The Most Overlooked Way to Boost Athletic Performance
Want to know the most overlooked way to boost athletic performance?
This little-known tactic has been proven to make you run faster, shoot with greater accuracy and just feel better overall in your daily life.
So what is this performance-boosting magic pill I’m talking about?
Is it a special weight room exercise?
A brand-new training method you’ve never heard of?
A secret supplement manufactured in an underground Soviet lab?
None of those things.
(If you’d rather watch than read about the most overlooked way to boost your performance… Check out the video below.)
I know, I know…
After having hyped up the potential benefits, and then revealing that to experience them you should sleep more… Well, it sounds so mundane, like a letdown. It’s not sexy and certainly not marketable.
But hear me out because what follows is VERY important.
As long as I could remember, and certainly ever since I was a young athlete, we have been told by our parents and the mainstream media that you need to sleep 8 hours per night to function properly.
And we always took that figure at face value. No questioning, no second guessing, nothing. Get 8 hours of sleep and you’re all set.
Well, turns out that advice is WRONG…
At least, when your goal is to THRIVE, not just survive, on the playing field.
You see, there’s some very interesting research published over the past decade that specifically looked at how sleep affects you in the context of improving athletic performance.
Researchers at Stanford University studied athletes from multiple sports – football, basketball, tennis and swimming. These athletes extended their sleep from around 8 hours per night to 10 hours and maintained this longer sleep schedule between 5 and 8 weeks.
Wanna know what happened to the players’ performance?
I’ll tell you what happened…
Basketball players witnessed an increase of around 9% in free throw accuracy and 3-point field goal attempts. In addition, they significantly improved their sprint and reaction times.
Football players improved their average 20-yard shuttle time by 0.1 seconds, and the same thing happened with their average 40-yard dash time.
While a tenth of a second may not sound like much, at the highest levels of competition it can literally be the difference between making or not making a play that leads to scoring a goal.
Ultimately, this one play can decide whether you win or lose the game.
Furthermore, Stanford University swimmers who partook in the study were able to shave a half a second off of their 15-meter sprints while also reacting quicker off the blocks and turning faster at the end of the pool.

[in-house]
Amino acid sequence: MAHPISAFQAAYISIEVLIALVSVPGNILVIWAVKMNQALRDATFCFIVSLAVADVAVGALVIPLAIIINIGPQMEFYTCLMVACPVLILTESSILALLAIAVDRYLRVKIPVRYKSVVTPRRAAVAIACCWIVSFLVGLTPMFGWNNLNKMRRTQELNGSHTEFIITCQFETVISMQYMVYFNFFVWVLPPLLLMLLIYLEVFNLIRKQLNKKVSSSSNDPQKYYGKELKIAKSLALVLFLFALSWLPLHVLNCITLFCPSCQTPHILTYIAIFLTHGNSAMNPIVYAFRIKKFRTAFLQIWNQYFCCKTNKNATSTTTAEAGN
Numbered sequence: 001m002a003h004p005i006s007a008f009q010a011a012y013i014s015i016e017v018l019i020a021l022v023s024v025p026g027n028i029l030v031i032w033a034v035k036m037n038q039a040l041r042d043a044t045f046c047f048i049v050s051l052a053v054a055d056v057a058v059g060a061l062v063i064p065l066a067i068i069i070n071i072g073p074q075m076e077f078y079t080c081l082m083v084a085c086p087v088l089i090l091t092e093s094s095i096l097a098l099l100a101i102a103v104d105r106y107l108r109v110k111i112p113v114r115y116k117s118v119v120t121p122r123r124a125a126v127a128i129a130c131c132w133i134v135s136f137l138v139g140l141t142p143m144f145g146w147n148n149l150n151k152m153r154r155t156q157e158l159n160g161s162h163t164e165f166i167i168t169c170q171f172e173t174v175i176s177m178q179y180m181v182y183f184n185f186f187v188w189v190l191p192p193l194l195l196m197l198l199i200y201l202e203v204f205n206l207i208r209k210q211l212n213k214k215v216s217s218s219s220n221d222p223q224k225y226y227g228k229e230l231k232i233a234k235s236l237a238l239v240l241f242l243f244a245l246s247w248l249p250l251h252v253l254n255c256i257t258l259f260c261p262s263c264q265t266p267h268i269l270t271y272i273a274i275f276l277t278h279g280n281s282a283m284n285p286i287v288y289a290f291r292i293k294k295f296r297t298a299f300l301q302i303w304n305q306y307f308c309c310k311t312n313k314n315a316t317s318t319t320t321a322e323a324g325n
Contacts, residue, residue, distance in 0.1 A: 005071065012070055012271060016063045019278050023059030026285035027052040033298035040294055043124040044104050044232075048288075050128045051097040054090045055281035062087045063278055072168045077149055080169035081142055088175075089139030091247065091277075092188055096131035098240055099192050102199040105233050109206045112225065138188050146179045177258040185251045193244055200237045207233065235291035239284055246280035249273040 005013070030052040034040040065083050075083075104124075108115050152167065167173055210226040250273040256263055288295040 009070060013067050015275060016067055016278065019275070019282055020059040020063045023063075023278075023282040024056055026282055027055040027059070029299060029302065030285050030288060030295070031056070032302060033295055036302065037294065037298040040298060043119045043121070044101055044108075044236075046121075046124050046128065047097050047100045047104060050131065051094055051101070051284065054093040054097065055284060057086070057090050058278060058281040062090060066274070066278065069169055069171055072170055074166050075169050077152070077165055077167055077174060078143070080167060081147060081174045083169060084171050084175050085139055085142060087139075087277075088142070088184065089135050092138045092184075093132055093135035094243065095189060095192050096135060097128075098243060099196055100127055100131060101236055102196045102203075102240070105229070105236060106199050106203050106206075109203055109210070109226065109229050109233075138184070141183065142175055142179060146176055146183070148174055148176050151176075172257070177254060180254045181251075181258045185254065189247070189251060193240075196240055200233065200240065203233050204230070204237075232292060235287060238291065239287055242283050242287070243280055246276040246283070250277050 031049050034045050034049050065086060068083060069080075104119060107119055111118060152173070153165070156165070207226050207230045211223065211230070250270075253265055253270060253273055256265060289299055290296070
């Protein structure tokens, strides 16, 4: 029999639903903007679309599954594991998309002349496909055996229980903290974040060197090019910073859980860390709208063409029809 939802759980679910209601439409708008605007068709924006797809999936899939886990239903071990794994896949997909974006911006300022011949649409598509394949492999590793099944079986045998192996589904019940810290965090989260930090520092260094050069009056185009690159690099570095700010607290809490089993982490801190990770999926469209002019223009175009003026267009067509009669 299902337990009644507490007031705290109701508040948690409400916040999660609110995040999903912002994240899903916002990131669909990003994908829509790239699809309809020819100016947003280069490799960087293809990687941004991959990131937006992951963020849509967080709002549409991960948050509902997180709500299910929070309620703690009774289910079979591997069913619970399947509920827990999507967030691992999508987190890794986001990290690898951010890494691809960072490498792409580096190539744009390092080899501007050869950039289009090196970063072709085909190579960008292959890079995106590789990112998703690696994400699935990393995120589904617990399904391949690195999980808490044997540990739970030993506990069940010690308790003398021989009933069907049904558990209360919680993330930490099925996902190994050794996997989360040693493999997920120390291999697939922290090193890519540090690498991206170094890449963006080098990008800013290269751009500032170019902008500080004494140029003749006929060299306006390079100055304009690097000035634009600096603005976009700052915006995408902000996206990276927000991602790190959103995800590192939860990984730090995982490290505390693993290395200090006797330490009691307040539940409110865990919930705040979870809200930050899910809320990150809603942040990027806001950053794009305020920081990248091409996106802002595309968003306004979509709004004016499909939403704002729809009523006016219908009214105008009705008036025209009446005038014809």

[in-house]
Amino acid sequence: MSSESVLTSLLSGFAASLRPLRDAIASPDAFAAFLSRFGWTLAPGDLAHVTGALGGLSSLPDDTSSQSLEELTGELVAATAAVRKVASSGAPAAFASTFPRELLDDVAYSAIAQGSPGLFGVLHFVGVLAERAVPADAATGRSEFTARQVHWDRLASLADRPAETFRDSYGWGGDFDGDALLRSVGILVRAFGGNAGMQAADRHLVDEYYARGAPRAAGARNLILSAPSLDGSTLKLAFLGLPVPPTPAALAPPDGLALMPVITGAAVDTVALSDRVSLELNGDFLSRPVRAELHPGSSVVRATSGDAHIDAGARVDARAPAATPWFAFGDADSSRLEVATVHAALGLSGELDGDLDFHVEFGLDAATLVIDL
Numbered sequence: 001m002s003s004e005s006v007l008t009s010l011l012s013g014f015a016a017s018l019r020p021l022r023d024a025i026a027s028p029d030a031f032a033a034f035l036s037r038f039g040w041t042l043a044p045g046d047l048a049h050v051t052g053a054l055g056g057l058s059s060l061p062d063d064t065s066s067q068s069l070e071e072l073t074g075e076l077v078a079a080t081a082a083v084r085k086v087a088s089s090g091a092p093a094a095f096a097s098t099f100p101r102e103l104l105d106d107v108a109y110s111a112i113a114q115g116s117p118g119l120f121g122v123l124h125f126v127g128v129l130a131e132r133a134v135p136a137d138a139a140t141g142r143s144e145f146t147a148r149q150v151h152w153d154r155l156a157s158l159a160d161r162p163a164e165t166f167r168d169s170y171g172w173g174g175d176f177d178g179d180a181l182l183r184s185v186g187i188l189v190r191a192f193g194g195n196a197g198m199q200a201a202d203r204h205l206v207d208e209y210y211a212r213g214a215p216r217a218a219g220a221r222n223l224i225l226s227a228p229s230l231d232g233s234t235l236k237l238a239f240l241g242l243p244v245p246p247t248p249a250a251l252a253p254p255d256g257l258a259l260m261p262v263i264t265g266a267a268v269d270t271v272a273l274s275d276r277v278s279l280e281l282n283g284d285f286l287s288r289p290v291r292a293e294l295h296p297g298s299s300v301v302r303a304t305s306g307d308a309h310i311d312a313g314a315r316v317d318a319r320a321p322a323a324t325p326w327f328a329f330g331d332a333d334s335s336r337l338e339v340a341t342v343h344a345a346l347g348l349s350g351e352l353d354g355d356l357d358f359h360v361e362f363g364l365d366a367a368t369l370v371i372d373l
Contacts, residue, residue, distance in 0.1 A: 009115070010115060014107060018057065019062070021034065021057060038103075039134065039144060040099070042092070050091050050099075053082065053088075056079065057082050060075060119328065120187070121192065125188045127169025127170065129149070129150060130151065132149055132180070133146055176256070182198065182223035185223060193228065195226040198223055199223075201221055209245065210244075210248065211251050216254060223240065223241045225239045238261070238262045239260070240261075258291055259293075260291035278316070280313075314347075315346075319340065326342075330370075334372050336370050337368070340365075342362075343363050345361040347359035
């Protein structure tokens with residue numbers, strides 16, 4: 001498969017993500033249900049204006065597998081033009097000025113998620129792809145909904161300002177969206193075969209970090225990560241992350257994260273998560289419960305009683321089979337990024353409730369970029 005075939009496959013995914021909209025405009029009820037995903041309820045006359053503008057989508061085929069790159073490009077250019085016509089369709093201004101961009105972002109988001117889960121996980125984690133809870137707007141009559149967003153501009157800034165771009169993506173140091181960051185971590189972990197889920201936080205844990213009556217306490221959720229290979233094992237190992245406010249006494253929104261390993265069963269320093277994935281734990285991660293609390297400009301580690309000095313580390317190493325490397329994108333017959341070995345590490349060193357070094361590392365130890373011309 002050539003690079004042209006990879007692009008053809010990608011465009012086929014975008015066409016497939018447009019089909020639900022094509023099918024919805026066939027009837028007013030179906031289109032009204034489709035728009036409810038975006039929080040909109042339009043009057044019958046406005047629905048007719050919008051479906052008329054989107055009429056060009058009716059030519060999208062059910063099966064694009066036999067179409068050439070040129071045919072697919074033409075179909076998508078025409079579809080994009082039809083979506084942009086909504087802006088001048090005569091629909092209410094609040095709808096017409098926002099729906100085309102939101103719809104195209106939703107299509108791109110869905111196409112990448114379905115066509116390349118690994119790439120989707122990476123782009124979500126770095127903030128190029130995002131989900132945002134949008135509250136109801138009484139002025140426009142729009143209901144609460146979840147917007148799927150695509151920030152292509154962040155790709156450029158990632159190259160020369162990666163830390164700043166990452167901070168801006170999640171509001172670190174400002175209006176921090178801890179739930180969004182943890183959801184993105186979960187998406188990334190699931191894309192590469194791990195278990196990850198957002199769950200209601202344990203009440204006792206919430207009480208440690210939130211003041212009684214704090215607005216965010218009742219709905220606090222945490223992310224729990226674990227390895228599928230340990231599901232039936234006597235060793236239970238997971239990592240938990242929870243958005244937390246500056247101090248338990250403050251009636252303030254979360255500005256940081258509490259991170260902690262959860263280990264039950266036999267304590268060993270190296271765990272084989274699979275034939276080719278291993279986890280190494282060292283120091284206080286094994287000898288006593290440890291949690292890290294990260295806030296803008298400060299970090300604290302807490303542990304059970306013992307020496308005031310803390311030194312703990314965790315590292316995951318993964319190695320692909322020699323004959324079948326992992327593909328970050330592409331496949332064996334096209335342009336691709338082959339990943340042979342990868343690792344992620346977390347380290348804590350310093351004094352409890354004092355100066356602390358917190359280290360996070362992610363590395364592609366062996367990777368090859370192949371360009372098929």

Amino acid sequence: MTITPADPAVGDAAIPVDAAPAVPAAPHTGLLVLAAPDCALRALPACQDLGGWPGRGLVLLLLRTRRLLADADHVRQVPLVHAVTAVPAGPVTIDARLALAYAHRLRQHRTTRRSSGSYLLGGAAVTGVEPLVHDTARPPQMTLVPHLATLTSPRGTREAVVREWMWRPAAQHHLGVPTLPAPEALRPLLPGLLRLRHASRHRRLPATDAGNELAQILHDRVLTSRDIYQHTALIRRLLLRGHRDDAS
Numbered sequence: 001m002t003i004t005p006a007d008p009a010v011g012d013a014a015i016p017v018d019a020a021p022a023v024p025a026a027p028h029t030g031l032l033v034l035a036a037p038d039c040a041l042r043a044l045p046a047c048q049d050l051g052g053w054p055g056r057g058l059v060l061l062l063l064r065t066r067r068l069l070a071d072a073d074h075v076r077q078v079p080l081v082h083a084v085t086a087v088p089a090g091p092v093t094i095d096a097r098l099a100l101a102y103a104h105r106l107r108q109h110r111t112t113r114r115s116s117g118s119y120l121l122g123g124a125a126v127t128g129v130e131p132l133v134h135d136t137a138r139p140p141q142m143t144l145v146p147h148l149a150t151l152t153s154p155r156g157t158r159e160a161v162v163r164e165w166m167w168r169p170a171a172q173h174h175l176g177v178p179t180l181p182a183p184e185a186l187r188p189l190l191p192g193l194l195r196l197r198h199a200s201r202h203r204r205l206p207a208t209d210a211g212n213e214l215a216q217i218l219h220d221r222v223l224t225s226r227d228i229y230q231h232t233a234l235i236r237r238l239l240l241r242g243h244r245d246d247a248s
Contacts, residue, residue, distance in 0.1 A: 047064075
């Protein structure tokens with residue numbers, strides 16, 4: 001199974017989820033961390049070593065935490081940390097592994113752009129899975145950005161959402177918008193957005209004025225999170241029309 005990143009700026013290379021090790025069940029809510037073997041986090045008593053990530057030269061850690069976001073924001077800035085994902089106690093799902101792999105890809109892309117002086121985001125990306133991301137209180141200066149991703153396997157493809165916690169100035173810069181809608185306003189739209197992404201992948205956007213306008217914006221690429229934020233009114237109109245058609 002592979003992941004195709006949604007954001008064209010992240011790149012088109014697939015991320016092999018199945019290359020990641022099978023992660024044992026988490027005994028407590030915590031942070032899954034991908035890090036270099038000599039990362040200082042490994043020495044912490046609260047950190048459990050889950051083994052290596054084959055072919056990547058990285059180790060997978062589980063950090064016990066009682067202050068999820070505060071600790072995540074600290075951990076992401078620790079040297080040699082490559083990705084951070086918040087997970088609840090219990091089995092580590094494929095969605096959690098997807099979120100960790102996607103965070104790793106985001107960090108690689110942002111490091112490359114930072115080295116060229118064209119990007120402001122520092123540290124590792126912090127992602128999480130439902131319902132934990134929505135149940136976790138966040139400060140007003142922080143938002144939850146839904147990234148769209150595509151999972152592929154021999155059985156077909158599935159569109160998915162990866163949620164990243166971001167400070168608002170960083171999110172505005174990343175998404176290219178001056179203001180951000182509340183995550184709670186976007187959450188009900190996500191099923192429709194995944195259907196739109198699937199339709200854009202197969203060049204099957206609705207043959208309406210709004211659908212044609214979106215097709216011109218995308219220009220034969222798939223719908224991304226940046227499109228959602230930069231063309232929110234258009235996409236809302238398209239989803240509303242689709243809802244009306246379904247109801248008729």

Not surprisingly, sleeping more had a profound impact on the performance of Stanford's tennis players as well. By upping their daily sleep from 8 to 10 hours, they ran faster and increased accuracy when serving and hitting the ball.
And if those benefits listed weren’t enough, athletes who slept more also displayed greater mood and vigor, and less day-time fatigue.
What’s more, the same research group also investigated the effects of sleep DEPRIVATION on athletic performance.
A bunch of male cyclists limited their sleep to 4 hours per night for 3 nights straight.
Sleep restriction negatively affected their performance. Their ability to produce maximal aerobic power decreased, and they reached exhaustion much faster than when following a regular sleep schedule.
Now, think about what these research findings mean to you as a hockey player…
If you want to skate faster, shoot the puck with greater accuracy and score more goals…
Without running out of gas toward the end of a game…
While also feeling better on and off the ice in general…
Then sleeping more sounds like a no-brainer.
Just think about it…
How many of your teammates and opponents have got this part of their lives handled?
Based on my experience working with hockey players at all levels, I’d say a very, very small minority. This is GREAT news for you.
Because that means getting ample amounts of sleep could provide the edge that elevates your game above others. And it doesn’t take any extra effort on your part other than to go to bed earlier or stay there longer.
Now that we understand the importance of high-quality AND high-quantity sleep for hockey performance, how can you use this information to your advantage?
We’ll cover several practical ways to maximize your sleep in a future article, so stay tuned...
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